Emergency response system worked as it should

The campus response Monday to reported threats and suspicious activity is an example of how emergency situations should be handled. USF’s emergency alert system notified students, staff and parents through as many channels as possible.

Though nothing serious occurred and no gunmen were found, the emergency response was quick and effective. After campus violence like the Virginia Tech shooting, universities must be prepared to respond to threats and keep students informed for their safety.

During the scare, students were sent a total of seven text messages through MoBull, the emergency text message alert system. Students were told of possible armed suspects on campus and given specific information such as what areas to avoid.

The first message was sent 10 minutes after University Police responded to the incident. This is perhaps the best response time that can be hoped for in this kind of situation.

Some students were unsure of where to go at first because the first message did not say what areas to avoid. However, the message was likely the best that could be sent in such a short period of time. It was better to warn students than to wait for more details.

The Emergency Notification System (ENS) was also used shortly before the first text message and prior to a message reporting a separate suspect on a Bull Runner.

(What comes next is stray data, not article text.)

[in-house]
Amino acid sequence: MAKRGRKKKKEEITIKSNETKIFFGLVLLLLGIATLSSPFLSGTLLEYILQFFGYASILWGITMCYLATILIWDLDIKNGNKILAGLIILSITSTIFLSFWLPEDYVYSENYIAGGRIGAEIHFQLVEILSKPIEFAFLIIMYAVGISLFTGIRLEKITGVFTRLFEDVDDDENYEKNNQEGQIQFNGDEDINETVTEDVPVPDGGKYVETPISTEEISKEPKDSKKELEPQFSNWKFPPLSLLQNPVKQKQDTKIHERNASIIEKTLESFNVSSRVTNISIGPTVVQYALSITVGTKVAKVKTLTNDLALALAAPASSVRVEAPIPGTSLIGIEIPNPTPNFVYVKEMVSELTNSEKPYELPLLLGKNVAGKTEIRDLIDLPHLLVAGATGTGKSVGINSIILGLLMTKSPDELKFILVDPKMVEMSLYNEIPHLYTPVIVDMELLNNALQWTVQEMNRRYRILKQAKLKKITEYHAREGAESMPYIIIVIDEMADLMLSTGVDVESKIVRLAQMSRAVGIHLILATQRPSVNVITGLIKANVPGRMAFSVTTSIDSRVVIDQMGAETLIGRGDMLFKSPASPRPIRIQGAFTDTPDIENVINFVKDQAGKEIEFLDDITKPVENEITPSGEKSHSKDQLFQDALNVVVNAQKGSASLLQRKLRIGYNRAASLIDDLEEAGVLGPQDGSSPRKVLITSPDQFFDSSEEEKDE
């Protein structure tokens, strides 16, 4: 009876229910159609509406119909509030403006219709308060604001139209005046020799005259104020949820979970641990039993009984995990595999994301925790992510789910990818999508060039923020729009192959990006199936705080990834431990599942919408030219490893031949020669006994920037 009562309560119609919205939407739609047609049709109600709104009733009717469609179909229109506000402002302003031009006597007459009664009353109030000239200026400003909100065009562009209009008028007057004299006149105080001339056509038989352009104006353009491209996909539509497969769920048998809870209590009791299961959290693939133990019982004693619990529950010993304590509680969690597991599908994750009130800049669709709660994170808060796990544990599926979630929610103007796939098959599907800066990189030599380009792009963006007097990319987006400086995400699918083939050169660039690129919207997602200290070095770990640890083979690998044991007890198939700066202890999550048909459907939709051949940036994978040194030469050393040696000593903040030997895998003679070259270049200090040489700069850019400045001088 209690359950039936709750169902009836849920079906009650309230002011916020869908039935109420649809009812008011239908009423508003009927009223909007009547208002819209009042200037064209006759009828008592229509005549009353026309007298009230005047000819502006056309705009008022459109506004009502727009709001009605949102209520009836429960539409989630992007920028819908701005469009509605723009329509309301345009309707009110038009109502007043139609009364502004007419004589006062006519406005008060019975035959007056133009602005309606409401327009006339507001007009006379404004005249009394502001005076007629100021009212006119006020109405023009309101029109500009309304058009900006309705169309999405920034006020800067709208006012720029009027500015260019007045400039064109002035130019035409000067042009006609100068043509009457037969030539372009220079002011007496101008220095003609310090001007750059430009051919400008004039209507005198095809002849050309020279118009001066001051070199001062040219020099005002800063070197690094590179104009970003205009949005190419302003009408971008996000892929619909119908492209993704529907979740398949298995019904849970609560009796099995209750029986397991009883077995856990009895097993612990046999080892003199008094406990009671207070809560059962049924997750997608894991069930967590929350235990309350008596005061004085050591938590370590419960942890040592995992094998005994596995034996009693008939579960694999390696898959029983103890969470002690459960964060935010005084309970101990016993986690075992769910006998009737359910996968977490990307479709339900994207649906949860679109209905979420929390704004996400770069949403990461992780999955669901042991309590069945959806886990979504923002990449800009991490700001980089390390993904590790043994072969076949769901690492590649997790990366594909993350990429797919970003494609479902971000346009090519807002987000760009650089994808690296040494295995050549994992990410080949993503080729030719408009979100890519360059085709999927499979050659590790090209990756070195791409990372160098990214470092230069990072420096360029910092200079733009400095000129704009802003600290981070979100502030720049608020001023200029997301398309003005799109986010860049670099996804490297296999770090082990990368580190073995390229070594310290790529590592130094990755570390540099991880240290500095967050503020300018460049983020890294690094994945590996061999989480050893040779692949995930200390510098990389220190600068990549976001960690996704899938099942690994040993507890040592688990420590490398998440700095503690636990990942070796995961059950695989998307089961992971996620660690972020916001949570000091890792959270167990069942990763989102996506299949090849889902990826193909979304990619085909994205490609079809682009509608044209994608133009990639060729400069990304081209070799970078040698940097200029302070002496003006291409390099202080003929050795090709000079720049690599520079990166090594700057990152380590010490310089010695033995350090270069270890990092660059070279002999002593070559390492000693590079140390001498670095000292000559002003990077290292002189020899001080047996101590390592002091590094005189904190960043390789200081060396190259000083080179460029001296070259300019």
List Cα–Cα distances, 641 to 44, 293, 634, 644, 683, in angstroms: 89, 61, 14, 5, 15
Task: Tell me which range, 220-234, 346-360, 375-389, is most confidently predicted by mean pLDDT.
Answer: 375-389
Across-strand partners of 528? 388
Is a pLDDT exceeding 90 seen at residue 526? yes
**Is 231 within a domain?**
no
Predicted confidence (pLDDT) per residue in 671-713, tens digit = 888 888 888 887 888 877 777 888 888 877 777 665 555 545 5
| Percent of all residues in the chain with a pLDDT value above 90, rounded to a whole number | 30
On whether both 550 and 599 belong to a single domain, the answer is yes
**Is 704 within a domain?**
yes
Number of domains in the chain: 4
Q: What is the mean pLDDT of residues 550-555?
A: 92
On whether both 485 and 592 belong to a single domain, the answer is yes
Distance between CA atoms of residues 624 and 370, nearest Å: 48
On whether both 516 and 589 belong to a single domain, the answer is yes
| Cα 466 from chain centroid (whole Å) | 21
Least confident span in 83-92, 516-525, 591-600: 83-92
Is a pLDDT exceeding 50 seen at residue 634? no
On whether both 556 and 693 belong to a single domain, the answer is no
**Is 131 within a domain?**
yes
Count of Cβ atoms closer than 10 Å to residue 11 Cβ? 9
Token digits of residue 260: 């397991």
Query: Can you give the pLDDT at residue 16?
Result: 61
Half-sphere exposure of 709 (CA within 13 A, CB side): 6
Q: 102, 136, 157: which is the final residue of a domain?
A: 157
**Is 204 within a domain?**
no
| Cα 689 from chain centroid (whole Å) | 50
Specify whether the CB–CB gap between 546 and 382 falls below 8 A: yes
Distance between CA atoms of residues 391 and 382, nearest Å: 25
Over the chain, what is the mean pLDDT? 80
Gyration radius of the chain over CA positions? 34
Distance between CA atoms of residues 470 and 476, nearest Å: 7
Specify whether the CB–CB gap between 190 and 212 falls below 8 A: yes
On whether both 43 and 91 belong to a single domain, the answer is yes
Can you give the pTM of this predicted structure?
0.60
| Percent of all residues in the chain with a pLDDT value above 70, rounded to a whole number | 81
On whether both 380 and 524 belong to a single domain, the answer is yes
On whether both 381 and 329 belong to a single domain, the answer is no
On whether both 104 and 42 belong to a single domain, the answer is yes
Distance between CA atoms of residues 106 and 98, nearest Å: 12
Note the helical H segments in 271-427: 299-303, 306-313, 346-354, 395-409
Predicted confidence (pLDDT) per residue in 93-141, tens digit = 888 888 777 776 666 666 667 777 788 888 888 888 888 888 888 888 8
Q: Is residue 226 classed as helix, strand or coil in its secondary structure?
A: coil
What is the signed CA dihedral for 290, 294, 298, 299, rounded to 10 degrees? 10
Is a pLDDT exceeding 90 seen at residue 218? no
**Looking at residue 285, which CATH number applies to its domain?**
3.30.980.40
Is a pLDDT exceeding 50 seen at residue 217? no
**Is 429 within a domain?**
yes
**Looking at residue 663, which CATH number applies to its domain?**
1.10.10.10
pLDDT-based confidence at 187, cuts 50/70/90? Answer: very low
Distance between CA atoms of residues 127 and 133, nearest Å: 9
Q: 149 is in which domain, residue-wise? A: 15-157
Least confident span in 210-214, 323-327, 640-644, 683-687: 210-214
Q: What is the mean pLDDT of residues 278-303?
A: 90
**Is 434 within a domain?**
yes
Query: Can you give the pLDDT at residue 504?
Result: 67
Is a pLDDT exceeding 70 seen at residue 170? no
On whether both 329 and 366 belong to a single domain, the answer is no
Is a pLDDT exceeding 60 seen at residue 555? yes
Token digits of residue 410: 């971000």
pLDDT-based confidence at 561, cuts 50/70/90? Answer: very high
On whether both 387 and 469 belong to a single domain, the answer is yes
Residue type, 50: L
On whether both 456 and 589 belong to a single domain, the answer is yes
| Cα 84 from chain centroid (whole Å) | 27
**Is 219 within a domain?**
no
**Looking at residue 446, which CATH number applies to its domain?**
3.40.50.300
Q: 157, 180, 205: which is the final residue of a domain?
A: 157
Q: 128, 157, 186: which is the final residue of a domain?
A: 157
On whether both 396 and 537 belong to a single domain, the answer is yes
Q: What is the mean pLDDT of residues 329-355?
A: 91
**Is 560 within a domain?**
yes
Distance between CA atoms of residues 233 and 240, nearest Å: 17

ENS was installed in 2009 and consists of eight emergency warning stations that broadcast warnings across campus. Each station blasts a siren followed by a prerecorded voice message – in this case alerting students to an armed intruder on campus.

Though it can’t give any specifics, ENS got students’ attention. They knew to stay inside and check their phones and e-mail for further alerts. In addition to text messages, USF sent out e-mails and posted updates on the main Web site.

The emergency response was a resounding success compared to previous failures this year. Students were not notified via MoBull when a man pulled a gun during a talent show in Cooper Hall and attempted to flee campus. Nor were they informed when a bomb threat led to a residence hall evacuation.

On Monday, students were updated on a gun scare, a bomb scare and a man with a knife. It is clear that past problems with MoBull have been addressed and the new ENS has been successfully integrated into the response system. The University must continue this trend.